An international team of pharmacy experts has researched the effectiveness of hand sanitisers in the fight against CoViD-19 and warned the public to beware of sub-standard products. They have also provided detailed “recipes” for the manufacture of effective hand sanitising gels and explained the science behind them.
There is a real risk, they write in a new article, that consumers are obtaining and using hand cleaners with low or inadequate concentrations of alcohol. These might appear similar to hand disinfectants, but purchasers are often unaware that such products cannot ensure disinfection and are not fit for use amid the pandemic.
The authors — including the UK’s Dr Hamid Merchant, who is Subject Leader in Pharmacy at the University of Huddersfield — set out ways to minimise the risks.
They discourage the public from buying hand sanitiser from unknown or unreliable e-commerce sites.
They also state that pharmacists and retailers should advise customers over the selection of appropriate products for CoViD-19 infection control, and there should be awareness campaigns to educate the public on how to differentiate between products that are fit for general hygiene and cleansing and those that are not fit for coronavirus infection control.
The experts also urge regulatory bodies to revisit their current rules on hand sanitisers.
The new article — a collaboration between eight pharmacists based at universities in the UK, Italy and Jordan — appears in the International Journal of Pharmaceutics. Freely available online, it is titled Hand sanitisers amid CoViD-19: A critical review of alcohol-based products on the market and formulation approaches to respond to increasing demand.
The authors chart the massive spike in demand for hand sanitisers around the world, as purchasers stocked up their “pandemic pantries.” This led to stocks rapidly vanishing from the shelves, with even hospitals and other healthcare facilities running out.
The researchers also believe that that current awareness of the importance of hand disinfection means it will remain an integral part of people’s hygiene routine, even post-CoViD-19.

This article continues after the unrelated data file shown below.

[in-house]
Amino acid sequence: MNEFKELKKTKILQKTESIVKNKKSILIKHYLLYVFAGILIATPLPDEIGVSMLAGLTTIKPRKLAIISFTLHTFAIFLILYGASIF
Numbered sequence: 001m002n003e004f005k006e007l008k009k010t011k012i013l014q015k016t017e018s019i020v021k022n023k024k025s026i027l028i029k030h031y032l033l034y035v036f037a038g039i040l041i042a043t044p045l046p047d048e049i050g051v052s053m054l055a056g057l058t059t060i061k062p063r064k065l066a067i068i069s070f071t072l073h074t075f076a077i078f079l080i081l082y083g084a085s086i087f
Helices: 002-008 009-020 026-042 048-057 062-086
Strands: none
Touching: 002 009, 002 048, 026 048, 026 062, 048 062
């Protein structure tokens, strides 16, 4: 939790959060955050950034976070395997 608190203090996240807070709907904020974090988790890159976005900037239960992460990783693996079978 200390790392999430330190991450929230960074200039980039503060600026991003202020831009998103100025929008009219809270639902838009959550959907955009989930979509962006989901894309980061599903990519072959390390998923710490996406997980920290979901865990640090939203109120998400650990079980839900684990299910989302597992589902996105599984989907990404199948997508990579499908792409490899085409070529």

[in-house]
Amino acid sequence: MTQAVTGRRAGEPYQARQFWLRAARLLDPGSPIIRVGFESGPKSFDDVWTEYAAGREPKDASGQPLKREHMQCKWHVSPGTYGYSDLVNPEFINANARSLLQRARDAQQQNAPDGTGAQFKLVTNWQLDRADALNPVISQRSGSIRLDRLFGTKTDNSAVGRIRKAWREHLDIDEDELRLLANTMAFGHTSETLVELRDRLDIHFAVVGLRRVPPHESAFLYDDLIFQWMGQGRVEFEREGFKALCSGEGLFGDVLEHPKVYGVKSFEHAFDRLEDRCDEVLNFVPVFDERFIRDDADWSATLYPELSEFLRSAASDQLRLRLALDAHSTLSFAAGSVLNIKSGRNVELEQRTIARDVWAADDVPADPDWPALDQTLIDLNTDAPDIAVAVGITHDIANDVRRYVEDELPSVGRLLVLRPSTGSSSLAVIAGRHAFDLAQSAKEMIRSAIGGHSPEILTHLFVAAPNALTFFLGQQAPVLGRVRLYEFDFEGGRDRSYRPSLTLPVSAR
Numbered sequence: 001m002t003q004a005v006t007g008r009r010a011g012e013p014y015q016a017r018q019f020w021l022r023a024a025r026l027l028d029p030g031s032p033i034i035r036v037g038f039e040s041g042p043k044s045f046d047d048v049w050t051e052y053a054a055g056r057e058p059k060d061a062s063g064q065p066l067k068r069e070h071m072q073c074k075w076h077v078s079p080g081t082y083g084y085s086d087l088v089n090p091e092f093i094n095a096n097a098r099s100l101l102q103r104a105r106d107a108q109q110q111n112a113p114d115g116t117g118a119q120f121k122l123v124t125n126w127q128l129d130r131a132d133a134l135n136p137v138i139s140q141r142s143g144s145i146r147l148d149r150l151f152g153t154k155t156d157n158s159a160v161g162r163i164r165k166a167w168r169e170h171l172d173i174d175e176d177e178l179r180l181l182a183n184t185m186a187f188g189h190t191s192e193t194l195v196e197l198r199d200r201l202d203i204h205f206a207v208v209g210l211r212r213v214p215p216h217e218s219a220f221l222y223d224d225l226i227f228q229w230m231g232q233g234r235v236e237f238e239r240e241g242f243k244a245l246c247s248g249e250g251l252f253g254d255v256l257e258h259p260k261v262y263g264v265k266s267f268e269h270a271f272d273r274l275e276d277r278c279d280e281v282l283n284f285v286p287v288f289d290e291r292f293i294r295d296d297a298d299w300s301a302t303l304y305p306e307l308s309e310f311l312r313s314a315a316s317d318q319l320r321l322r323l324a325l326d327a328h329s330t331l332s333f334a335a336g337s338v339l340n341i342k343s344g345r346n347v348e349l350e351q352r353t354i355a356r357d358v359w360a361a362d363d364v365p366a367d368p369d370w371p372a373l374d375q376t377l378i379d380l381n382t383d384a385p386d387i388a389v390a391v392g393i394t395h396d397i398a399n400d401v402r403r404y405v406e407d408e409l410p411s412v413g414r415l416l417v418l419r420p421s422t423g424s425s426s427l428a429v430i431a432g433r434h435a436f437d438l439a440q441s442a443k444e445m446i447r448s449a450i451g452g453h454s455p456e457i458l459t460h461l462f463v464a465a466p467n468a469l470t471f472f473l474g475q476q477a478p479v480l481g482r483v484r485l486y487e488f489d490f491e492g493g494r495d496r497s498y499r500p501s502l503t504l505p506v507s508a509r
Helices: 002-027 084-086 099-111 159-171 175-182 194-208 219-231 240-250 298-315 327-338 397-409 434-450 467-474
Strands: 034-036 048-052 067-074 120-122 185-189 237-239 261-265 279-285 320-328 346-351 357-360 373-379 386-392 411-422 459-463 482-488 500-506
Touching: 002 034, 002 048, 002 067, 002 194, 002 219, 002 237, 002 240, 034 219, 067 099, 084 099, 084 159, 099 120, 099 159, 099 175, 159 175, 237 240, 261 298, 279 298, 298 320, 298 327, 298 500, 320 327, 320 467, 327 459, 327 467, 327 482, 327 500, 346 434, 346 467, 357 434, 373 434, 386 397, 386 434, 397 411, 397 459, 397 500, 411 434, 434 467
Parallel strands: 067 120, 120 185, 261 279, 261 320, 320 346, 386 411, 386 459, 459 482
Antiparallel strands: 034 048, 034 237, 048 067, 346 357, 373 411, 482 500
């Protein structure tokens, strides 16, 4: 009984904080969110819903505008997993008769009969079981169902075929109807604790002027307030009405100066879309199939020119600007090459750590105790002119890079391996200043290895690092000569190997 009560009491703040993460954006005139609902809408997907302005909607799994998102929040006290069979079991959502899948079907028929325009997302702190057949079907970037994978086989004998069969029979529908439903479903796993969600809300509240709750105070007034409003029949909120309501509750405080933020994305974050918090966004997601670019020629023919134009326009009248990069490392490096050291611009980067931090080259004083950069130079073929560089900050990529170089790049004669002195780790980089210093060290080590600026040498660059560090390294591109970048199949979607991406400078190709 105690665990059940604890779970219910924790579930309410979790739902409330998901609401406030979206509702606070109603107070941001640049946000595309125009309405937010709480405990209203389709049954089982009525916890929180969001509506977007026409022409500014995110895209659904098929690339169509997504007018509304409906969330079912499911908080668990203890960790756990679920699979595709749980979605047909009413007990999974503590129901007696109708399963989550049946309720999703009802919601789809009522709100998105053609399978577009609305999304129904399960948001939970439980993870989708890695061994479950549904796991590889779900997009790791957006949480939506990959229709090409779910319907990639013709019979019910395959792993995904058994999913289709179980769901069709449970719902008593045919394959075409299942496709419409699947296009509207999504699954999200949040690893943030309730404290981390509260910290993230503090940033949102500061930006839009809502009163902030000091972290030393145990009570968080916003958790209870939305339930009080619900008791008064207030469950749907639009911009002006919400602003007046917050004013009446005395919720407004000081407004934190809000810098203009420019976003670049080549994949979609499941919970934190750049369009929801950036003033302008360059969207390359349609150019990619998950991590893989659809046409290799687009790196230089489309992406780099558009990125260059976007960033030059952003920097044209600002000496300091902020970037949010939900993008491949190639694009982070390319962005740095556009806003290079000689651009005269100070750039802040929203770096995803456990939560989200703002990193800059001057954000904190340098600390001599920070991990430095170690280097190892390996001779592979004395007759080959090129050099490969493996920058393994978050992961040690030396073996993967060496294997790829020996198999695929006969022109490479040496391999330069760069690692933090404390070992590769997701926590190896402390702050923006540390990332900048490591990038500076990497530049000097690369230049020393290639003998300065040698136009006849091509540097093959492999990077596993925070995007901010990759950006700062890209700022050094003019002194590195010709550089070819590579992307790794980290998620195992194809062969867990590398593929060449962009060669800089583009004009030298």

They investigate the scientific basis for hand cleansing and analyse when washing with soap and water — which can remove virtually all types of pathogens — is preferable to using alcohol based hand-rubs (ABHR), which are less effective when hands are extremely greasy or dirty.
“However, handwashing facilities are not readily available at work or public places. Moreover, in instances where hand sanitisation is needed more frequently, such as during frequent contact with individuals or products, the ABHRs are the most effective and convenient infection preventive measure,” states the article.
But the authors add that it is important to emphasise that ABHRs only work when used correctly.
“Considering that not all ABHR formulations are the same, appropriate labelling is important to clearly state the alcohol concentration and instructions to direct the correct dose/amount needed to achieve an adequate sanitisation. The choice of container, closure and dispenser is also vital in dispensing the correct amount of the sanitiser on each use.”
Substandard products are available in certain markets. If the alcohol content is not high enough, the risk for consumers is “mainly a reduced perception of product quality and attractiveness, and reduced ease of use; while overall product efficacy is maintained.” Many products in the market do not seem to comply with alcohol type and concentrations recommended by the World Health Organisation.
But much more worrying is the market presence of “hand cleaners containing substandard and/or unknown concentrations of alcohol that are not meant to be sold or used as disinfectants.”
The article includes detailed scientific data on the types and proportions of alcohol used in ABHRs and the added substances that are used to combat excessive skin dryness and to increase the viscosity of gels, because purely liquid formulations can be far less effective due to rapid evaporation of alcohol. Dr Merchant suggested that a standardised pharmacopoeial monograph with tightly-controlled specification may be a way forward.
There are also charts and descriptions that provide detailed instructions for the production of effective alcohol-based sanitisers. This will aid pharmacists and also manufacturers in fields such as brewing and perfume who have switched to making ABHRs, in response to the surge in demand.
Most of the analytical research for the article was carried out in Italy by Professor Marco Cespi’s team. The University of Huddersfield’s Dr Hamid Merchant was invited to help with the project by one of the article’s authors, the Italian scientist Dr Alberto Berardi, now based at the Faculty of Pharmacy of the Applied Science Private University in Amman, Jordan, with which the University of Huddersfield’s Department of Pharmacy has recently formed a special collaboration.